The Trump administration in 2020 approved the road’s construction. Fortunately, the Biden Administration has remanded the decision to permit the Ambler Road back to the Bureau of Land Management for additional environmental review, giving the public another chance to halt this destructive project.

However, some observers believe this is just a delaying tactic and, ultimately, the road will be approved, especially given the Biden administration’s goal of creating more US sources of critical minerals.

IF BUILT, THE ROAD construction work itself will have numerous ecological impacts. A tremendous amount of gravel will need to be mined to provide insulation of the permafrost, which underlies much of the proposed route that will cross 3000 streams, and three caribou migration routes.

Roads can be semi-permeable barriers, and although crossing such obstacles is possible, caribou may shift or entirely abandon their seasonal habitat when confronted with a road. The disturbance and activity along the road and mining operations will likely affect caribou in other ways. Studies have shown that caribou may travel up to 9.3 miles to avoid roads and 11.2 miles to avoid settlements.

For instance, a study of the Native-owned Red Dog Mine Industrial Access Road north of Kotzebue found that just four vehicles an hour affected the migration of 30 percent of collared caribou, or approximately 72,000 individuals of the 2017 population estimates.

Currently, residents can kill five caribou a day. However, the Western Arctic Caribou Herd has been in steep decline, and there is a discussion about reducing the kill. Road access may eventually result in more hunting pressure, and perhaps future reductions in caribou numbers.

Even if the Ambler Road is not built, the mine development may not go away. There are several other potential routes proposed including one that would traverse the Kobuk Valley, where I floated, and eventually reach Nome, where ore could be shipped south for processing.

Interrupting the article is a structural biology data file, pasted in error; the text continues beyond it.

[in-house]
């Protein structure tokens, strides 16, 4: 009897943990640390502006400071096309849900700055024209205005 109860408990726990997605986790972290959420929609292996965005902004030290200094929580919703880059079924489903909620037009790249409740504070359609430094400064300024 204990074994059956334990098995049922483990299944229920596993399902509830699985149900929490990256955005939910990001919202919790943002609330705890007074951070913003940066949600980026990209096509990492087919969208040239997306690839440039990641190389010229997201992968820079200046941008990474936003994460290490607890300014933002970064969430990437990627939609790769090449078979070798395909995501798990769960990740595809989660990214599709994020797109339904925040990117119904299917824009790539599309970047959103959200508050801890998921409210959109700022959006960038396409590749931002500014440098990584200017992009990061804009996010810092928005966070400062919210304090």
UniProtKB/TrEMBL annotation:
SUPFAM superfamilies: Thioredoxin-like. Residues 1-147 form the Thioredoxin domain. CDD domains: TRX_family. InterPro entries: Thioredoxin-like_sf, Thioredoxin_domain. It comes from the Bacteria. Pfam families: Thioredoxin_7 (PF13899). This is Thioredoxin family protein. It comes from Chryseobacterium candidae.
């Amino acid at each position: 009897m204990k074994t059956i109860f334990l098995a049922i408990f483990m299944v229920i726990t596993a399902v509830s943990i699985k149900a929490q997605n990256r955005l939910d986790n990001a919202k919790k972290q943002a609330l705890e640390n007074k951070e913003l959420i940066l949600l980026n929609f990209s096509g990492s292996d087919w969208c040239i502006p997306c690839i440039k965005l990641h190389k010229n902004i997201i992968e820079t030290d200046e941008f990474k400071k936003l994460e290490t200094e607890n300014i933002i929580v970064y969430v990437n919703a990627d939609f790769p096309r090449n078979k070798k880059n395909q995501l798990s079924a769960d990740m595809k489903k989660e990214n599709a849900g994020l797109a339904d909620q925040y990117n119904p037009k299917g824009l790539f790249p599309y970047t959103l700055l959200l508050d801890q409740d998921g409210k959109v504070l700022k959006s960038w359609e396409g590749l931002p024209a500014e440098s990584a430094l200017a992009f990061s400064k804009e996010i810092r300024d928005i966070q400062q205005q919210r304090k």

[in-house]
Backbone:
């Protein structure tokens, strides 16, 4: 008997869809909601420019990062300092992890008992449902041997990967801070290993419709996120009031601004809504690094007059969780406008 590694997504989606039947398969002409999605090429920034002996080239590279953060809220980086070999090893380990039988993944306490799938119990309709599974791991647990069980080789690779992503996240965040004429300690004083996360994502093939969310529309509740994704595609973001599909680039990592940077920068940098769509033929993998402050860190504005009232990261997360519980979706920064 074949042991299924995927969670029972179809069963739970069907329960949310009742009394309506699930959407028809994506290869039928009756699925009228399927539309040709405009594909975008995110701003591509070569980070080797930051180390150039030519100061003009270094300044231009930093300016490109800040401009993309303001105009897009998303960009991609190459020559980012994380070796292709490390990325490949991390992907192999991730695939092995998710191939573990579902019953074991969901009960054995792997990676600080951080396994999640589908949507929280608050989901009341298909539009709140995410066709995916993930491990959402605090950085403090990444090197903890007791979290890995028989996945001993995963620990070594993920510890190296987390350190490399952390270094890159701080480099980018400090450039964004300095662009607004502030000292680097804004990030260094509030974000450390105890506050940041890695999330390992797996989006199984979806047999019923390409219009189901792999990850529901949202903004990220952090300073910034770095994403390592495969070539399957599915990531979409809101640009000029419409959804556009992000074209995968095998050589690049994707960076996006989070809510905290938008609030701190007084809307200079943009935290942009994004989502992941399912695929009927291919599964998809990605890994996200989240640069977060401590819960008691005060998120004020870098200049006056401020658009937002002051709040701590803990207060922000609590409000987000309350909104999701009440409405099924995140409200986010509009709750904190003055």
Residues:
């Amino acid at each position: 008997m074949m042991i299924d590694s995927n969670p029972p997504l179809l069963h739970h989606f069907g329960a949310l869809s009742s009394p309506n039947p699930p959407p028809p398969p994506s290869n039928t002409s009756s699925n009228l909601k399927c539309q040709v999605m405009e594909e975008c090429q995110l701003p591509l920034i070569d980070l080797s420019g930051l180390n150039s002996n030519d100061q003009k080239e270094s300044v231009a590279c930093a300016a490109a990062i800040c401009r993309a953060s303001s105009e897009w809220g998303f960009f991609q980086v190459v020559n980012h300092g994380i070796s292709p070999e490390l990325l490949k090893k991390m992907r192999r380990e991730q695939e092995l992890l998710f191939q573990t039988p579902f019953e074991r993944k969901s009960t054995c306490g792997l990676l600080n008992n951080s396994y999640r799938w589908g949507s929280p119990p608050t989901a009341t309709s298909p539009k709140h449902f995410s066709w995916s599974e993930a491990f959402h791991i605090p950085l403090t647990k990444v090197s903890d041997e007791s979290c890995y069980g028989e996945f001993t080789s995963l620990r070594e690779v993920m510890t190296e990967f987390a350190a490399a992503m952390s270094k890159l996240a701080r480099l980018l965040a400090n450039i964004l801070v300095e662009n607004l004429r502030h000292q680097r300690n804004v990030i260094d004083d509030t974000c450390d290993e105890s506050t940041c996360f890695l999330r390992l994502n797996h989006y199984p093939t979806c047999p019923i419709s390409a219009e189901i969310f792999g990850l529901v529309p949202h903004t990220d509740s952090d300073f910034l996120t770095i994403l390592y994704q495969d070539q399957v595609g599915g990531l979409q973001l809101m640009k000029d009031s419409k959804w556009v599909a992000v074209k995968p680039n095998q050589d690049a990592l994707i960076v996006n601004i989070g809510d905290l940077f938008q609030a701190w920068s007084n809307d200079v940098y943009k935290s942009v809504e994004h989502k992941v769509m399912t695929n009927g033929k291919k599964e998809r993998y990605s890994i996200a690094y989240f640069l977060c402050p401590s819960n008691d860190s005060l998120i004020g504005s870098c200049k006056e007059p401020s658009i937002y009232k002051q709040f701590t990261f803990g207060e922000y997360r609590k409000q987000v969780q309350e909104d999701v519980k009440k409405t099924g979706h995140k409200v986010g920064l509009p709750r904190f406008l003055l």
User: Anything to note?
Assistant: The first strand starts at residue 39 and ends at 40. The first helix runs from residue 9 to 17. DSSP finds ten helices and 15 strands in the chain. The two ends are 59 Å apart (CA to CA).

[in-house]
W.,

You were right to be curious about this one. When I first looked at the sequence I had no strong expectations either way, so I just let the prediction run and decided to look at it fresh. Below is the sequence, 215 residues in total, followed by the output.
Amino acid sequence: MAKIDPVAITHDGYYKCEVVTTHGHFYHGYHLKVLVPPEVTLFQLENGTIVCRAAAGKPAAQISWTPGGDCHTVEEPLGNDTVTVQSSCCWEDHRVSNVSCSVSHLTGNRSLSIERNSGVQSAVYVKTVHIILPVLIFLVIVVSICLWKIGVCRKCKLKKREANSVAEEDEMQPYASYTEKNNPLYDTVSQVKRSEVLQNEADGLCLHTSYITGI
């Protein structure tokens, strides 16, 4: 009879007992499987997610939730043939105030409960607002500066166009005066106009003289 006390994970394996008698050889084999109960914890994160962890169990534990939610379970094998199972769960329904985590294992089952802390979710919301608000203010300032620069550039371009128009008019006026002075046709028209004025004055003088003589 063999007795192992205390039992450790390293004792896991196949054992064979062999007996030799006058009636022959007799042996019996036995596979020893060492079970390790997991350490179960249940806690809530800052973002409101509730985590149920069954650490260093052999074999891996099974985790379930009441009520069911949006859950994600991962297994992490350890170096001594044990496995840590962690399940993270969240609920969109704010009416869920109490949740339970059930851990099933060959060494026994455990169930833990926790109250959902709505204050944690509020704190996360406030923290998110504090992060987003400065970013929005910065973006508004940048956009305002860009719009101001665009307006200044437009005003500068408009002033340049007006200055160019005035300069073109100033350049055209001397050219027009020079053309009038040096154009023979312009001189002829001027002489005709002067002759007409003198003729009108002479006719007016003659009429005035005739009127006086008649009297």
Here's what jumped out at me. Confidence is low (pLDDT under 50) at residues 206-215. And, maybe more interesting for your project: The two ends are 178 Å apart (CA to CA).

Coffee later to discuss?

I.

WHILE FLOATING ON the river, I stopped at all the villages along the route to gauge the changes that had occurred during the intervening 50 years since I first set foot on the banks of the Kobuk.

Most residents were friendly and helpful.

The village of Kotzebue, gateway to Kobuk Valley. The need for income is one reason why many villagers support the development of the Ambler mines. Photo courtesy of Neal Herbert/National Park Service.

An ATV on a beach.

All Terrain Vehicles (ATVs) and four four-wheelers are used in villages here much like cars are in the rest of the US. Photo courtesy of Western Arctic National Parkland.

Canoe on a bank of the Kobuk River

Even if the Ambler Road is not built, there are several other potential routes to transport copper ore from the mining area, including one that would traverse the Kobuk Valley, where I floated. Photo courtesy of Western Arctic National Parkland.

Like nearly all Alaskan Native villages, the modern world is evident everywhere. The shift from subsistence food gathering to a cash economy was visible everywhere. Patagonia clothing and blue jeans have replaced fur.

The need for cash is one reason why many villagers support the development of the Ambler mines. Many villagers I spoke with periodically worked at the NANA-owned Red Dog mine to earn cash for modern conveniences. They anticipated finding employment at the Ambler mining operations if developed. Given the scarcity of employment opportunities in rural Alaska, one can sympathize with the desire to have access to high-paying mining jobs.